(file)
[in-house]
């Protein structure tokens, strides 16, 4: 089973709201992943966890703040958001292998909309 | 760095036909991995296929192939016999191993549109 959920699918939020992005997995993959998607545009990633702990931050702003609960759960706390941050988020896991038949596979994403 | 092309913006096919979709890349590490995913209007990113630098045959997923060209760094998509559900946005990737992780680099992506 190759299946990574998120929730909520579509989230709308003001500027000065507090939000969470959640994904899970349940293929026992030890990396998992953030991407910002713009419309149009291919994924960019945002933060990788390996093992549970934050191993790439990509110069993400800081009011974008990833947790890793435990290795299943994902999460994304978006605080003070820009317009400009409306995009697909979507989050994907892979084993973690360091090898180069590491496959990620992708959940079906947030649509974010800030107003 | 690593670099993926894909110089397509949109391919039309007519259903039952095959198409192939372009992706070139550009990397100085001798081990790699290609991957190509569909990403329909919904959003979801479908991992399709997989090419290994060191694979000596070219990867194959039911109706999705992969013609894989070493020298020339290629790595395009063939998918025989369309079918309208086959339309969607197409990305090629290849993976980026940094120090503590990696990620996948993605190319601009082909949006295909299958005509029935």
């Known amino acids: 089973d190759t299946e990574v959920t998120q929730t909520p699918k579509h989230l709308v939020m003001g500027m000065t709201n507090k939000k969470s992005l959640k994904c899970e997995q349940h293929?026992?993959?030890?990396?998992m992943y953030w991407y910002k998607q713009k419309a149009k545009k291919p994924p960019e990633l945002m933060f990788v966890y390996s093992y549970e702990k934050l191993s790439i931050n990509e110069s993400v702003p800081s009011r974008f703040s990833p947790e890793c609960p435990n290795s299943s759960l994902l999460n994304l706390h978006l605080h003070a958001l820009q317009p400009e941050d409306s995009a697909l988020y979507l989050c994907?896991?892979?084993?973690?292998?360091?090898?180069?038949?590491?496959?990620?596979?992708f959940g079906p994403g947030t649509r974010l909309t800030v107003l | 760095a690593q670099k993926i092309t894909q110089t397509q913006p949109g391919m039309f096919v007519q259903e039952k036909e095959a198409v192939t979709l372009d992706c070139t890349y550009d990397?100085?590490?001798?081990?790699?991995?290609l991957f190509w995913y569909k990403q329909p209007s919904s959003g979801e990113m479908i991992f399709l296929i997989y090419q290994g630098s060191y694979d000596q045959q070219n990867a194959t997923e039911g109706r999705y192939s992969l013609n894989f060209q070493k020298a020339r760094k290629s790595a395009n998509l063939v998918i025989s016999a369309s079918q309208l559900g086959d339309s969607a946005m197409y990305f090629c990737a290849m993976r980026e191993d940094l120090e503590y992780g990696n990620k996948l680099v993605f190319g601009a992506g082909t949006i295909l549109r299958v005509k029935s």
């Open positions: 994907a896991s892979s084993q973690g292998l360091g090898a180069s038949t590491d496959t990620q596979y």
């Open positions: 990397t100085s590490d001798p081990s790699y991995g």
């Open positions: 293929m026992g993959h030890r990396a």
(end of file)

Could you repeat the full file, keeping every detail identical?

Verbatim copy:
[in-house]
């Protein structure tokens, strides 16, 4: 089973709201992943966890703040958001292998909309 | 760095036909991995296929192939016999191993549109 959920699918939020992005997995993959998607545009990633702990931050702003609960759960706390941050988020896991038949596979994403 | 092309913006096919979709890349590490995913209007990113630098045959997923060209760094998509559900946005990737992780680099992506 190759299946990574998120929730909520579509989230709308003001500027000065507090939000969470959640994904899970349940293929026992030890990396998992953030991407910002713009419309149009291919994924960019945002933060990788390996093992549970934050191993790439990509110069993400800081009011974008990833947790890793435990290795299943994902999460994304978006605080003070820009317009400009409306995009697909979507989050994907892979084993973690360091090898180069590491496959990620992708959940079906947030649509974010800030107003 | 690593670099993926894909110089397509949109391919039309007519259903039952095959198409192939372009992706070139550009990397100085001798081990790699290609991957190509569909990403329909919904959003979801479908991992399709997989090419290994060191694979000596070219990867194959039911109706999705992969013609894989070493020298020339290629790595395009063939998918025989369309079918309208086959339309969607197409990305090629290849993976980026940094120090503590990696990620996948993605190319601009082909949006295909299958005509029935």
């Known amino acids: 089973d190759t299946e990574v959920t998120q929730t909520p699918k579509h989230l709308v939020m003001g500027m000065t709201n507090k939000k969470s992005l959640k994904c899970e997995q349940h293929?026992?993959?030890?990396?998992m992943y953030w991407y910002k998607q713009k419309a149009k545009k291919p994924p960019e990633l945002m933060f990788v966890y390996s093992y549970e702990k934050l191993s790439i931050n990509e110069s993400v702003p800081s009011r974008f703040s990833p947790e890793c609960p435990n290795s299943s759960l994902l999460n994304l706390h978006l605080h003070a958001l820009q317009p400009e941050d409306s995009a697909l988020y979507l989050c994907?896991?892979?084993?973690?292998?360091?090898?180069?038949?590491?496959?990620?596979?992708f959940g079906p994403g947030t649509r974010l909309t800030v107003l | 760095a690593q670099k993926i092309t894909q110089t397509q913006p949109g391919m039309f096919v007519q259903e039952k036909e095959a198409v192939t979709l372009d992706c070139t890349y550009d990397?100085?590490?001798?081990?790699?991995?290609l991957f190509w995913y569909k990403q329909p209007s919904s959003g979801e990113m479908i991992f399709l296929i997989y090419q290994g630098s060191y694979d000596q045959q070219n990867a194959t997923e039911g109706r999705y192939s992969l013609n894989f060209q070493k020298a020339r760094k290629s790595a395009n998509l063939v998918i025989s016999a369309s079918q309208l559900g086959d339309s969607a946005m197409y990305f090629c990737a290849m993976r980026e191993d940094l120090e503590y992780g990696n990620k996948l680099v993605f190319g601009a992506g082909t949006i295909l549109r299958v005509k029935s």
């Open positions: 994907a896991s892979s084993q973690g292998l360091g090898a180069s038949t590491d496959t990620q596979y």
């Open positions: 990397t100085s590490d001798p081990s790699y991995g």
């Open positions: 293929m026992g993959h030890r990396a």